The addictive smartphone game “Flappy Bird,” which had players guide a bird through an obstacle course of metal pipes, became the No. 1 game in the App Store last month. Then, out of the blue, it disappeared.
The popular game's rise and fall is a lesson in how a business owner's customer engagement, particularly through social media, isn't always a wonderful thing. In fact, in Flappy Bird's case, an overwhelming amount of customer engagement and feedback ultimately stressed out the developer and contributed to the game's demise.
Flappy Bird was pulled from app stores on February 9 after developer Dong Nguyen said players had become obsessed with his game, which was reportedly generating $50,000 in revenues per day at its peak. Though Nguyen decided to kill Flappy Bird, it can still be played on smartphones that had already downloaded it. That’s led to an unsurprising frenzy of people trying to sell smartphones with Flappy Bird on eBay. Tons of Flappy Bird clones have also popped up since the game was pulled.
So why would a developer discontinue a game that’s so wildly popular?
Nguyen told the Washington Post that his game had “a negative effect”—to the point where people were spending hours upon hours playing it. He had originally intended it to be a fun few-minute diversion, not the obsessive time-suck it became.
Also, many of Nguyen's almost 1,000 tweets were conversations with customers. Though customer engagement through social media is generally considered an effective business tactic, Nguyen's extreme responsiveness with some of his 162,000 followers seemed to pose challenges as great to him as his game posed to players. He wrote a series of tweets in the hours before yanking Flappy Birds that suggested he just couldn’t deal with all the comments about the addictiveness of the game, according to Mashable. “Press people are overrating the success of my games,” he tweeted. “It is something I never want. Please give me peace.”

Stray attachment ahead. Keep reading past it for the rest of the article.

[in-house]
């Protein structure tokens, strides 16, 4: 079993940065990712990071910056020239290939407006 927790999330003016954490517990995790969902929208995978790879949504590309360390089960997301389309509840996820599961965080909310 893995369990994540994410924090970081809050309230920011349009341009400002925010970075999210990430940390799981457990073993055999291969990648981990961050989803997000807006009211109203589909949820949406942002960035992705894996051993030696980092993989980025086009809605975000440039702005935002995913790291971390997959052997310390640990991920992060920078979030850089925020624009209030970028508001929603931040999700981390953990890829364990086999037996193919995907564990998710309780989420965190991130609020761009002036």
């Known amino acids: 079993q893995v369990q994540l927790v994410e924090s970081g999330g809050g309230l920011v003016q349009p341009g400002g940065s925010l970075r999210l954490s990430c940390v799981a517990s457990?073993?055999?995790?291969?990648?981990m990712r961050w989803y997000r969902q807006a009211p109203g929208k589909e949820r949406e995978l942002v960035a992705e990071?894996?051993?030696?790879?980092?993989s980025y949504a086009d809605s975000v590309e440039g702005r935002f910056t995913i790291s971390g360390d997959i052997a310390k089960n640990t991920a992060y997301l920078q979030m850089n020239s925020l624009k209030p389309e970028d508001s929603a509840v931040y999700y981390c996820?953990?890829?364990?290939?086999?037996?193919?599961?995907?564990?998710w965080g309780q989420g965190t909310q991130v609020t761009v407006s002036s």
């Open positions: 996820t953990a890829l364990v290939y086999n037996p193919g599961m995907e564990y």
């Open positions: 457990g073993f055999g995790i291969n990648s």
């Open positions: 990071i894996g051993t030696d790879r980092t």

In response, some Flappy Bird fans tweeted back with death and suicide threats, suggesting the game's addictive powers perhaps weren't so exaggerated.
The Flappy Bird phenomenon shows that active social media engagement and viral success can lead not just to stardom, but to the death of a product. Nguyen's last tweet before shutting down Flappy Bird was, "And I still make games." With many of his fans already tweeting their anticipation of his next creation, Flappy Bird watchers are hoping Nguyen has better luck playing the customer engagement game in his next round.
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